• Your drone’s total payload weight with additional equipment like a camera
  • Whether you’ll fly in Class D or Class G airspace
  • If your drone operation will require access to Temporary Flight Restrictions or Restricted Areas
  • The name, phone number, and certificate number of your remote pilot in command

As part of your application, you must also include FAA and LAANC authorization, a copy of your flight plan (with maps, charts, and diagrams), a certificate of insurance and endorsement worth at least $5,000, a copy of your drone registration, and a copy of your drone license.

If you need waivers, you’ll have to request those when completing the application.

The available waivers are flight altitude restrictions, night flights, operating more than one small drone, operating your drone from a moving vehicle, or flying your drone over non-participating people.

California drone laws to know before visiting Long Beach #

Besides the aforementioned laws about drone pilots requiring a valid license and registration and that you can’t fly within five miles of an airport, let’s review some pertinent California drone laws ahead of your trip to Long Beach.

No drones in state parks #

If part of your Cali drone flight plans entailed visiting a state park near Long Beach or elsewhere in the state, you’ll have to change those plans.

As we wrote about here, pilots cannot use a drone in a California state park because it risks disturbing wildlife, interrupting peace and quiet, upsetting visitors, and destroying plants and property. It’s also illegal.

» MORE: Drone Laws in California

Further, PO 925-19-32, a 2019 state law, prohibits pilots from accessing parks within the Orange Coast District with their drones.

Add to your list of off-limits places:

  • San Onofre State Beach
  • Doheny State Beach
  • Corona del Mar State Beach
  • Bolsa Chica State Beach
  • San Clemente State Beach
  • Crystal Cove State Park
  • Huntington State Beach

No drones in many public parks too #

Once you venture beyond Long Beach, you’ll discover that many cities, towns, and municipalities across California have strict drone laws.

Those laws vary on a case-by-case basis but often include public park prohibitions, usually for the same reasons as above.

No drones in nature preserves, cultural preserves, etc. #

The 2015 California Department of Parks & Regulations law safeguards California’s nature preserves, cultural preserves, and Wilderness Areas, whether they’re part of a state park or not.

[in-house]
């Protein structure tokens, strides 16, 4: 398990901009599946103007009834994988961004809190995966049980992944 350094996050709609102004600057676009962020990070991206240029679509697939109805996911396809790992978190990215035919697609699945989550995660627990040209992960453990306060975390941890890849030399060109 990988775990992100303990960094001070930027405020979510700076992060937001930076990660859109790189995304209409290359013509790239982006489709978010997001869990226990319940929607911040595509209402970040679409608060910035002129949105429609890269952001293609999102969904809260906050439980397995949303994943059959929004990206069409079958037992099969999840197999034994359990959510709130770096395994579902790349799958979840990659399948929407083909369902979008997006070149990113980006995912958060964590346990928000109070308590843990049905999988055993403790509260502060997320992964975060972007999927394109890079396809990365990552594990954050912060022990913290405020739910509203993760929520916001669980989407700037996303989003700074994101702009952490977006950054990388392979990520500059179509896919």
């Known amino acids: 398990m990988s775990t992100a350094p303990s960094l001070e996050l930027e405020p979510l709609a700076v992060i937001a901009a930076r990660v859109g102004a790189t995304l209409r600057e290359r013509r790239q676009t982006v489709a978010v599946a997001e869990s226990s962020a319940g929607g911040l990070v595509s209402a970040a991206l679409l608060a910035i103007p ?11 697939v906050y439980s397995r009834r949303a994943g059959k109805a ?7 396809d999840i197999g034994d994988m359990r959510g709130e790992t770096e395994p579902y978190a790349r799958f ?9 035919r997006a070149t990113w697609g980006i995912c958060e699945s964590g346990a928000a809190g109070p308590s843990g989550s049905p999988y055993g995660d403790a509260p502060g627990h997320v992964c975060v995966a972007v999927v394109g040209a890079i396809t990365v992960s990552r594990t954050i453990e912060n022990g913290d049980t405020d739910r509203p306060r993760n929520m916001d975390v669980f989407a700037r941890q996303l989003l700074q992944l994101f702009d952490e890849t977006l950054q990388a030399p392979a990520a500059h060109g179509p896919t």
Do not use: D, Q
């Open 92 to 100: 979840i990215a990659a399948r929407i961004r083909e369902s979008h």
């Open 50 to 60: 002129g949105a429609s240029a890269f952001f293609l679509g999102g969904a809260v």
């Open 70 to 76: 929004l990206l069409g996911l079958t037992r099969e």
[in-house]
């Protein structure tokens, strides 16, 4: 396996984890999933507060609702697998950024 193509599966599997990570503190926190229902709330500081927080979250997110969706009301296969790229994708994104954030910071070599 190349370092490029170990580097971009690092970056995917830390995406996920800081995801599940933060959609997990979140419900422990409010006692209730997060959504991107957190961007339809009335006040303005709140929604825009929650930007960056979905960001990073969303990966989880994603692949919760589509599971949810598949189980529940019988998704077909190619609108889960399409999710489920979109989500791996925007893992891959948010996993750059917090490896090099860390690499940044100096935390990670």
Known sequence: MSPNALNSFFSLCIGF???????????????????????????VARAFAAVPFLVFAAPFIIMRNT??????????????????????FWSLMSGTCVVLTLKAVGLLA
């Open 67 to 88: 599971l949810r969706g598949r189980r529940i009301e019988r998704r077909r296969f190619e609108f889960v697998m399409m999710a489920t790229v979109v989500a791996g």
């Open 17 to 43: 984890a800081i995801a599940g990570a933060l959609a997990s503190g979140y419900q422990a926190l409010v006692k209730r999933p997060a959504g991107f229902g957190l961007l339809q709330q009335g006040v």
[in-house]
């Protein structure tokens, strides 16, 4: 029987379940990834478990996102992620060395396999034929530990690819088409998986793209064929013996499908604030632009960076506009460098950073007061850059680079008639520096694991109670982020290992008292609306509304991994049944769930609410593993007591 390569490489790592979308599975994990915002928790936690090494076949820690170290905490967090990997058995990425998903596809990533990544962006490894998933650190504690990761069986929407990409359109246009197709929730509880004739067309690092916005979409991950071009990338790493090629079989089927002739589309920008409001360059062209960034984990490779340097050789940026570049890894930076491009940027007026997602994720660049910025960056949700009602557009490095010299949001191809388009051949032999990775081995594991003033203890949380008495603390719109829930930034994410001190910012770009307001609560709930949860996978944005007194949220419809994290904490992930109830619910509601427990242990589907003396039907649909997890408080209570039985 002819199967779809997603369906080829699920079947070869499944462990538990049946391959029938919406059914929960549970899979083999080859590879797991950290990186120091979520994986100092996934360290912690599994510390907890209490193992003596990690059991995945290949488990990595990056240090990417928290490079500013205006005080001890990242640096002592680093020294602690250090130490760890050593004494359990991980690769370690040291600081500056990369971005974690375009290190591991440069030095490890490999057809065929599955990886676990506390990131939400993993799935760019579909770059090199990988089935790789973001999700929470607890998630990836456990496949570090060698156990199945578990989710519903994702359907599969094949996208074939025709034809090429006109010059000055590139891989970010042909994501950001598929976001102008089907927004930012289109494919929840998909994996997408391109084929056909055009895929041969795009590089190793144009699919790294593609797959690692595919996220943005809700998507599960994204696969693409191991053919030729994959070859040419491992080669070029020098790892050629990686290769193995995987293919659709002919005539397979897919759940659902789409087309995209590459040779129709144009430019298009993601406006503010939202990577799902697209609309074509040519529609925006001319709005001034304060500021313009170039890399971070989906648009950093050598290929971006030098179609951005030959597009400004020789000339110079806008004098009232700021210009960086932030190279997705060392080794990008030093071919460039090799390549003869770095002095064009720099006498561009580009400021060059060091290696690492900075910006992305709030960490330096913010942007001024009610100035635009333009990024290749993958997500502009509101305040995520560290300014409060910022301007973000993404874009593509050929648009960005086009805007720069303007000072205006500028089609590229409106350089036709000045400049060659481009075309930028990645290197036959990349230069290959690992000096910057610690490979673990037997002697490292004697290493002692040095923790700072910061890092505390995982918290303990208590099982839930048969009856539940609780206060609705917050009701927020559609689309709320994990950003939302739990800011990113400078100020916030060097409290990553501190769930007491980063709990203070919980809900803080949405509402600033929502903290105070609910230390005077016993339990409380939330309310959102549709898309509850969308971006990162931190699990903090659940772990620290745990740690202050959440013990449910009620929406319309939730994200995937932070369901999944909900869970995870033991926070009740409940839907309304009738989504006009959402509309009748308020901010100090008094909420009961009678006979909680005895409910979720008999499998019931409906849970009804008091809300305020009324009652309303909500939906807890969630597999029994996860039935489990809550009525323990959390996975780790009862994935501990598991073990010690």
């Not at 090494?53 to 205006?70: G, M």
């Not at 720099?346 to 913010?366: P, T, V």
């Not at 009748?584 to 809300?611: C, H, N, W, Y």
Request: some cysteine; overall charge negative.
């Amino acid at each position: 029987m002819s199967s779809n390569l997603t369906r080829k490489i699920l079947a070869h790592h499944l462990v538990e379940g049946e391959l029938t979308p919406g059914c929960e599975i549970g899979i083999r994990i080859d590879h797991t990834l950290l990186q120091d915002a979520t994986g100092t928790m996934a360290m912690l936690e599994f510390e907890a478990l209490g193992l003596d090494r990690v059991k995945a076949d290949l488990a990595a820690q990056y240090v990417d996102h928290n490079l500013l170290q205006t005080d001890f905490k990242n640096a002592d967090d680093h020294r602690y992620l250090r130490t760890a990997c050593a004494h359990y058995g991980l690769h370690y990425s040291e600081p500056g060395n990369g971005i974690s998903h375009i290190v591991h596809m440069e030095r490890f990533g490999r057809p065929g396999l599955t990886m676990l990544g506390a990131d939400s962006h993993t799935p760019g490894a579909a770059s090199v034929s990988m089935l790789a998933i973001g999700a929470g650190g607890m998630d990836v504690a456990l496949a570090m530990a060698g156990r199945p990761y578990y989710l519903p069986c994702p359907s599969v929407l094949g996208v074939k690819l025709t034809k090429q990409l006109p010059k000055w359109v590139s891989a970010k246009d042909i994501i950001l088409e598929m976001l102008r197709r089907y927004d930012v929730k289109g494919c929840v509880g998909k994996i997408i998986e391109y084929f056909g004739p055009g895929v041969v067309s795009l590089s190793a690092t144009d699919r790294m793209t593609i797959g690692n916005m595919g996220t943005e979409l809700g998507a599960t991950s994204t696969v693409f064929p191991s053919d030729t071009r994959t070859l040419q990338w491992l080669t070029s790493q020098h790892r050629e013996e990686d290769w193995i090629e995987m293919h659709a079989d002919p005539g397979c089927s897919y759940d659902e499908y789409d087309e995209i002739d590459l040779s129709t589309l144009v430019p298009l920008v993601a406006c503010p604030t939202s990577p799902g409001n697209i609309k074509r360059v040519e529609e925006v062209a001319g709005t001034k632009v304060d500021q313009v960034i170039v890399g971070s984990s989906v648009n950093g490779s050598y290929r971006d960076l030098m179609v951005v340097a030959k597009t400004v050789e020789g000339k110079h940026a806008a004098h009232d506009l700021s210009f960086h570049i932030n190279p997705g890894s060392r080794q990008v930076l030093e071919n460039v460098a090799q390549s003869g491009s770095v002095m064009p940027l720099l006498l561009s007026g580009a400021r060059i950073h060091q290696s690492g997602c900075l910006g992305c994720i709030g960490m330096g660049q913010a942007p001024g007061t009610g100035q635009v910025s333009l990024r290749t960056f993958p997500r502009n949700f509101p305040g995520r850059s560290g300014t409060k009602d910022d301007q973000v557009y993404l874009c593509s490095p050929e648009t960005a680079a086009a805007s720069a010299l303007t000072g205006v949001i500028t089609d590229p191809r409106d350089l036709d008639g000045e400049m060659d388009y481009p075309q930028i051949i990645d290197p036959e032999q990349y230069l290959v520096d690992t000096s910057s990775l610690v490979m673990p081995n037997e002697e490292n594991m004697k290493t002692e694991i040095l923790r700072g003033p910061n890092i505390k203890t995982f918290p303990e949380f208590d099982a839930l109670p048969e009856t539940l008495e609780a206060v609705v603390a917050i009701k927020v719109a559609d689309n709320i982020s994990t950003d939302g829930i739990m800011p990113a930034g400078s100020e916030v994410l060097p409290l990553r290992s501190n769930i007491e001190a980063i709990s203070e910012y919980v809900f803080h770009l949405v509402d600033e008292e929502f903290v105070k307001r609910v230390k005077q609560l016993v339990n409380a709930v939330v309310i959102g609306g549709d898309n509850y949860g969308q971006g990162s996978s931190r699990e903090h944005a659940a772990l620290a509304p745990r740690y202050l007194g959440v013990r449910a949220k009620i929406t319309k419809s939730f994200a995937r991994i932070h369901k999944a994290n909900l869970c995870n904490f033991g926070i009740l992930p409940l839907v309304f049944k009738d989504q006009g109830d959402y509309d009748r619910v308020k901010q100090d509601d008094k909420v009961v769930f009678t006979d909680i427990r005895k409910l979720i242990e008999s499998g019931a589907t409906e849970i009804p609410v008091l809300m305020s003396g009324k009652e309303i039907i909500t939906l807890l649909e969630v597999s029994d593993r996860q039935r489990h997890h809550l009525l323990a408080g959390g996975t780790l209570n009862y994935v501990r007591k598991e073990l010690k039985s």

You cannot fly in these areas.

Do not interrupt emergency responder work #

According to Cali drone law SB 807, a first responder isn’t liable if your drone becomes collateral for interrupting them trying to do their jobs.

That said, you should stay away from all first responders, including fire departments and law enforcement, and refrain from interrupting their important work with your drone.

That’s illegal under 2016’s AB 1680 state law.

No using your drone on private property #

Although you can usually operate a UAV on private property such as in neighborhoods, California is an exception. You cannot collect or launch your drone from a property owner’s private property without permission.

You cannot use your drone to photograph the deceased #

Under 2020’s AB 2655 state law, pilots cannot photograph any portion of a deceased person’s body while the body is in possession of a coroner as well as during a post-mortem examination or autopsy.”

Scenarios like these are indeed long shots, but the law exists, so we had to warn you of it anyway!

You must follow FAA guidelines #

Of course, all FAA drone rules apply when in Long Beach or elsewhere in California.

Do not fly higher than 400 feet, keep your drone in your visual line of sight, do not fly over people or moving vehicles, only use your drone when not under the influence of alcohol and/or drugs, limit your drone weight to 55 pounds, and do not use your drone in inclement weather. 

Conclusion #

Long Beach is a tranquil part of California for exploring via drone, but the city has a lot of restrictions to stay cognizant of.

The nearby airport and port limit your flight options, and you often need a permit before you take to the skies.

Now that you know all the rules and requirements, you can plan a safe, enjoyable trip to Long Beach with your drone!

References:1. Press Telegram (link)